29 August 2017
De Havilland Hornet: Deadly Sting!
Developed in the early 1940s to serve as a long range fighter in the Pacific, the de Havilland Hornet was not only one of Britain’s fastest twin-engine heavy fighter ever built, but was also the last aircraft of its kind in service with the RAF, before new state-of-the-art jet-powered aircraft would take its place. Meet the new Hornet F.3 with War Thunder’s upcoming 1.71 update!
In November 1942, a year after the Mosquito started rolling off the assembly line, the de Havilland company began work on a new twin-engine fighter, intended to conduct long-range operations in the Pacific theatre. The new aircraft, designated D.H.103, was designed around the concept of taking maximum advantage of the Rolls-Royce Merlin engine, and was started as a private venture by de Havilland. Although the airframe resembled that of the Mosquito, it was far smaller and more streamlined. To save on resources, the de Havilland designers opted to further exploit the wooden construction techniques that they successfully pioneered on the Mosquito, thus the new aircraft was to also receive a sturdy plywood construction. By the end of 1942, a mock-up was ready for inspection by officials of the British Ministry of Aircraft Production. Though impressed by the design, construction of the aircraft was not immediately granted by the Ministry due to heavy commitments to other wartime projects at the time. However, several months later, in mid 1943, the D.H. 103 received the construction approval and was subsequently renamed into the Hornet.
Over a year after the construction of the Hornet was approved, the aircraft took to the skies for the first time on 28th July 1944, achieving a record speed of 485 mph (780 km/h) in level flight. By the end of the year, serial production was ready to begin, with the RAF placing an order for 60 aircraft. Although the first production run of 60 aircraft was assigned to the RAF’s 64th Squadron, the aircraft didn’t reach its unit in time to take part in hostilities as WW2 concluded shortly after. However, later versions of the Hornet took part in the Malayan Emergency, where they were primarily employed as a ground attack aircraft. The Hornet served the RAF well for about a decade, before it was finally retired in 1956. A total of around 380 Hornets (including carrier-based) were built between 1945 - 1950.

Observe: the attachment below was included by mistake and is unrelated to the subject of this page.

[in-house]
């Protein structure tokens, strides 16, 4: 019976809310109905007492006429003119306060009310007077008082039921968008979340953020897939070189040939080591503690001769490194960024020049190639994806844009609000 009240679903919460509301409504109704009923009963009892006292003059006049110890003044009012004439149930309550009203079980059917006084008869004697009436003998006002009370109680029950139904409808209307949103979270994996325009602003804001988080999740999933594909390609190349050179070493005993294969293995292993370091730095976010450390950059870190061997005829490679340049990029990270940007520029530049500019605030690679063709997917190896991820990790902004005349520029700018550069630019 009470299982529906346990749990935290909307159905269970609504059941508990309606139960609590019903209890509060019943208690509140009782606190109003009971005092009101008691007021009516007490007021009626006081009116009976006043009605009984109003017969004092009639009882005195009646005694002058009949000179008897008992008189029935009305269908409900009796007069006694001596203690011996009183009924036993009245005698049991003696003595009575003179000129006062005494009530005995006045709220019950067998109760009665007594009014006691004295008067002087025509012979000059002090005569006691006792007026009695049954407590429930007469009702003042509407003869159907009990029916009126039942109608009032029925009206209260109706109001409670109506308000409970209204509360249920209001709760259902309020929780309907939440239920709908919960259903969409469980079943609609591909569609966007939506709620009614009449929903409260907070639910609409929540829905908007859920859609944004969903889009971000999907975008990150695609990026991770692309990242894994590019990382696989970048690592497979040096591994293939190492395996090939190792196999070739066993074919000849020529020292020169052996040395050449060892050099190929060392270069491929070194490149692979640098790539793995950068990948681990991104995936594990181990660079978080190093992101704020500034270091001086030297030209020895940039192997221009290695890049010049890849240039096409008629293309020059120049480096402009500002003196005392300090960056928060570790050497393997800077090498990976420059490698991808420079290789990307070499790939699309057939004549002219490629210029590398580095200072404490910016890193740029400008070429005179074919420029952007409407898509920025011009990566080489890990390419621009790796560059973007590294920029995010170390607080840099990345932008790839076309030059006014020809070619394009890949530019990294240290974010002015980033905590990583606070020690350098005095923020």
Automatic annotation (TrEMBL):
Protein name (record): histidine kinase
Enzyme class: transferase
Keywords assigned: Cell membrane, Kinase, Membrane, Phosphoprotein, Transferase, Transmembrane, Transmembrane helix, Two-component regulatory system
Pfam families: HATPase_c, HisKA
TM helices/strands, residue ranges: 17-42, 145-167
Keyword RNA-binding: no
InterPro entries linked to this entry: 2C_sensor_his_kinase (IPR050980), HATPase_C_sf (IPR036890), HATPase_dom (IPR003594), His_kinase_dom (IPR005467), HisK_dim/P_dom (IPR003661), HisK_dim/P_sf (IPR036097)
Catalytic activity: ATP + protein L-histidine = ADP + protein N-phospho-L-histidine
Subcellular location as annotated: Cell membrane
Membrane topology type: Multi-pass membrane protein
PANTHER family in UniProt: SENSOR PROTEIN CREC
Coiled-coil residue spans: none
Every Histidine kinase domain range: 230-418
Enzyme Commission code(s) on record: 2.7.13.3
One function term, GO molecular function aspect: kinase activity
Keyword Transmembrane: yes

In War Thunder, the sought-after Hornet F.3 will offer fans of British aviation a true speed demon on the high ranks of their aviation research tree. Although the Hornet F.3 will continue the British heavy fighter line, it will offer a distinct change in playstyle compared to some previous models. While the Mosquitos and Brigands focus on ground attack, offering their pilots a wide range of secondary armaments, the Hornet is tailored more for pilots that prefer intense dogfighting at breakneck speeds. Speaking of breakneck speeds - the two Rolls-Royce Merlin engines are capable of propelling the Hornet up to a maximum speed of 472 mph (760 km/h) at high altitudes, making it one of the fastest twin-engine heavy fighters in the game. Although the Hornet has no trouble getting up to altitude, fighting on lower heights doesn’t put aspiring Hornet pilots at a disadvantage either, as the aircraft doesn’t suffer from a notable drop in performance there. The lightweight plywood airframe and streamlined design give the Hornet superb handling characteristics, similar to that of the Mosquito, allowing it to participate in short turning engagements even against some single-engine fighters.
Armed with four 20mm cannons, the Hornet is able to quickly disassemble an enemy aircraft, thanks to the high one-second burst mass of the well-known Hispano Mk. V cannon. However, the Hispanos are not just good for blasting hostile aircraft out of the sky, but can also be used to lethal effectiveness against soft and lightly-armoured ground units. In combined battles, the Hornet can also support allied ground units by providing some close air support with its secondary weapons array. Though not as good as that of the Mosquito or Brigand, the Hornet still possesses a decent secondary weapons loadout consisting of bombs and rockets, which fans of precise close air support strikes will surely appreciate.
The Hornet F.3 has received green light to join the ranks of the Royal Air Force with War Thunder’s upcoming 1.71 update.
See you there!
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The War Thunder Team